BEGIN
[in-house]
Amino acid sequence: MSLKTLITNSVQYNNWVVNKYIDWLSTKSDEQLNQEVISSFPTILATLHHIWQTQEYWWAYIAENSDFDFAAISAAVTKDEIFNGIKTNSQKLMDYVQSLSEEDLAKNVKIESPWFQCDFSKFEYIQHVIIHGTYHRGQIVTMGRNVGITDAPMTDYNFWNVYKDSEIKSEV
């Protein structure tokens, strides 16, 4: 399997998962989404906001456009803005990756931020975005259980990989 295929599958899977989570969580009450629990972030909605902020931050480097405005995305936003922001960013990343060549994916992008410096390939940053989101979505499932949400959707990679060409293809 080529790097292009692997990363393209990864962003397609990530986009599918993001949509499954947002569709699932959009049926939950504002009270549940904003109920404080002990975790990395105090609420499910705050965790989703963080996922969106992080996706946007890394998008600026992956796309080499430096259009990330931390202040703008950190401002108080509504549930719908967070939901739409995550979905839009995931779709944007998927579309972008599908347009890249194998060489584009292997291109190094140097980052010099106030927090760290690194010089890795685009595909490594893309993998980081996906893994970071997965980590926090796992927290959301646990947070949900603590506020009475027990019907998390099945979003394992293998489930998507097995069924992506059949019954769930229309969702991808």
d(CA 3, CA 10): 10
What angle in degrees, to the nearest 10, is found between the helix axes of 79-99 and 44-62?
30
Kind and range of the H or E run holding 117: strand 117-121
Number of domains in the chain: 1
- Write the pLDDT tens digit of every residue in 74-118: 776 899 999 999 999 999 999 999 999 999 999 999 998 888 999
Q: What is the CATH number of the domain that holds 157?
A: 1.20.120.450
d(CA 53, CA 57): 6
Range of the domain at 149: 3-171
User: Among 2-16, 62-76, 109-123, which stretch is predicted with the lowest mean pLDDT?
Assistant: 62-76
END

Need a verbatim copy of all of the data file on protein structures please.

[in-house]
Amino acid sequence: MSLKTLITNSVQYNNWVVNKYIDWLSTKSDEQLNQEVISSFPTILATLHHIWQTQEYWWAYIAENSDFDFAAISAAVTKDEIFNGIKTNSQKLMDYVQSLSEEDLAKNVKIESPWFQCDFSKFEYIQHVIIHGTYHRGQIVTMGRNVGITDAPMTDYNFWNVYKDSEIKSEV
């Protein structure tokens, strides 16, 4: 399997998962989404906001456009803005990756931020975005259980990989 295929599958899977989570969580009450629990972030909605902020931050480097405005995305936003922001960013990343060549994916992008410096390939940053989101979505499932949400959707990679060409293809 080529790097292009692997990363393209990864962003397609990530986009599918993001949509499954947002569709699932959009049926939950504002009270549940904003109920404080002990975790990395105090609420499910705050965790989703963080996922969106992080996706946007890394998008600026992956796309080499430096259009990330931390202040703008950190401002108080509504549930719908967070939901739409995550979905839009995931779709944007998927579309972008599908347009890249194998060489584009292997291109190094140097980052010099106030927090760290690194010089890795685009595909490594893309993998980081996906893994970071997965980590926090796992927290959301646990947070949900603590506020009475027990019907998390099945979003394992293998489930998507097995069924992506059949019954769930229309969702991808």
d(CA 3, CA 10): 10
What angle in degrees, to the nearest 10, is found between the helix axes of 79-99 and 44-62?
30
Kind and range of the H or E run holding 117: strand 117-121
Number of domains in the chain: 1
- Write the pLDDT tens digit of every residue in 74-118: 776 899 999 999 999 999 999 999 999 999 999 999 998 888 999
Q: What is the CATH number of the domain that holds 157?
A: 1.20.120.450
d(CA 53, CA 57): 6
Range of the domain at 149: 3-171
User: Among 2-16, 62-76, 109-123, which stretch is predicted with the lowest mean pLDDT?
Assistant: 62-76